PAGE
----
This theory seems to give the edge to Kyagulanyi, who is riding on the wave of his popularity as a musician and his upbringing within the ghettos of Kamwokya to draw people towards him. Although Kyagulanyi held talks with both FDC and DP, he has sought to appeal to both sides. His campaign posters have both FDC’s blue party colour and DP’s green.
After his nomination last week, Kyagulanyi said, “I come not to represent any political party or any particular politician but the views and aspirations of the people of Kyadondo East. This is not war between Museveni and Besigye but war to change our area.”
But DP president general Norbert Mao thinks Kyagulanyi can’t have his cake and eat it. If the musician wants political party support, Mao said, then he must be willing to work with them.
“Bobi Wine told me himself that he was DP at heart and for me if you can’t stand on a party ticket, then you can’t claim to be a believer in that party. Parties should not have room for those who just want to pay lip service to them. You cannot be on the fence,” Mao said.
UNITED FRONT Vs DIVISIONISM
While the opposition is engaged in a tug-of-war with independent candidates, the ruling NRM seems to have got its house in order. For starters, Stella Njuba Nanyonga, who lost the 2015 NRM primaries but contested as an independent in the 2016 general elections, emerging fourth, has opted to sit out the by-election.
This leaves Ssebalu to have all the NRM votes to himself. This, analysts say, should raise his chances of enjoying better fortunes in the by-election than in past polls, and perhaps even stealing victory from a divided opposition front altogether.
Mao seems to agree, saying the fact that the opposition house is split could tilt the scales in favour of NRM, even if that situation doesn’t necessarily guarantee victory to the ruling party.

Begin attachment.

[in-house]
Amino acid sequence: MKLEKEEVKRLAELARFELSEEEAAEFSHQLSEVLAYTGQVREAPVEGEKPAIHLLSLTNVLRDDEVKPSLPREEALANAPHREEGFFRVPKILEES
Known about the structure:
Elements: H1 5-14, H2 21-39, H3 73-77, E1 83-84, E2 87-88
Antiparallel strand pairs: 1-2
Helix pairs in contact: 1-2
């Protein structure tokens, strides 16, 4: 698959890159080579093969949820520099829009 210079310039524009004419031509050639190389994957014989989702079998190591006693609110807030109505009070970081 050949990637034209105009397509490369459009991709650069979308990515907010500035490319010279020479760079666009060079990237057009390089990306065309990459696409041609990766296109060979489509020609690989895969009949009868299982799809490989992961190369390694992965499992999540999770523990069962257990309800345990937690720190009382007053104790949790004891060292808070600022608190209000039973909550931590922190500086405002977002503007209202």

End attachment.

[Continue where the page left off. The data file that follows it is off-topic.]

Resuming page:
“Our [opposition] chances could be higher if we had a united front. But now our chances are 50/50. If we had only one candidate, we would be sure NRM would not win,” Mao said.
However, to Ssemujju, the fact that Ssebalu is the sole NRM candidate is not a guarantee that he will triumph in the by-election.
“The NRM might have one candidate but the ordinary people who support them are divided. There are some who will never vote for Ssebalu even if he stands alone,” Ssemujju says.
Unlike in the general elections of 2001, 2006 and 2011, Buganda kingdom was never an issue in the 2016 general elections, thanks to an agreement signed between President Museveni and Kabaka Ronald Muwenda Mutebi.
However, this time round Buganda is likely to feature prominently in the Kyadondo East by-election, largely as a result of the recent land registration promotion (ekyapa mu ngalo) and controversial evictions that that the kingdom is currently engaged in.
Early this year, Kyagulanyi got embroiled in a well-publicised altercation with Buganda kingdom over the demolition of part of his Busabala beach by Buganda Land Board. As a result, Kyagulanyi and his supporters embarked on a vicious campaign against Mengo and the Kabaka.
That controversy could return to haunt Kyagulanyi, especially if his opponents such as Nkunyingi continue to drum up the matter. Nkunyingi is up in arms on the subject.
“You have heard one of the contenders singing the Buganda anthem but you know he attacked the Kabaka of Buganda,” he told supporters after his nomination last week. “As Baganda, we must safeguard our institution. If your father annoys you, do you just abuse him? No. We cannot allow that kind of indiscipline and, as residents of this area, we are saying that is part of our struggle.”
Ssebalu, on the other hand, is demonstrating his allegiance to Buganda by including a picture of the kingdom’s administrative headquarters at Bulange as the background of his posters. However, he has been told to remove it. Nevertheless, it demonstrates how prominently Buganda is likely to feature in the election.
According to the Electoral Commission roadmap, campaigns will be held from June 2 to 27 while the voting is set for June 29.